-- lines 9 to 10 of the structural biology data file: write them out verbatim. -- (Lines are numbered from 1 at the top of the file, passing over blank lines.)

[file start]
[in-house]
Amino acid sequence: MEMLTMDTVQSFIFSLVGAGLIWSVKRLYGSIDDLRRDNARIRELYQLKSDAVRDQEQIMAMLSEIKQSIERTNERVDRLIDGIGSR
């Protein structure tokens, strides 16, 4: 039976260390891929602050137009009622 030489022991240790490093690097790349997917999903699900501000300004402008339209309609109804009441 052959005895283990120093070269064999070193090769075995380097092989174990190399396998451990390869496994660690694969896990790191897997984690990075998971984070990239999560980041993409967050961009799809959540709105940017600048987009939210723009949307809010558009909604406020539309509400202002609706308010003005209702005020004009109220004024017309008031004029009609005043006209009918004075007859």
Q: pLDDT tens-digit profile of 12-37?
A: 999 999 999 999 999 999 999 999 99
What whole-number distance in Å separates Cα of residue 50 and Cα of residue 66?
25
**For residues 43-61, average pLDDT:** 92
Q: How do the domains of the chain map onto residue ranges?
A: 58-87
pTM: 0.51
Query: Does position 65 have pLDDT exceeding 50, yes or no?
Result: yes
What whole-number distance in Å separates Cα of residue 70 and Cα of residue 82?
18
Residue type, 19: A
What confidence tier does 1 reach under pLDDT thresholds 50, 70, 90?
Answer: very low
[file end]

Q: How do the domains of the chain map onto residue ranges?
A: 58-87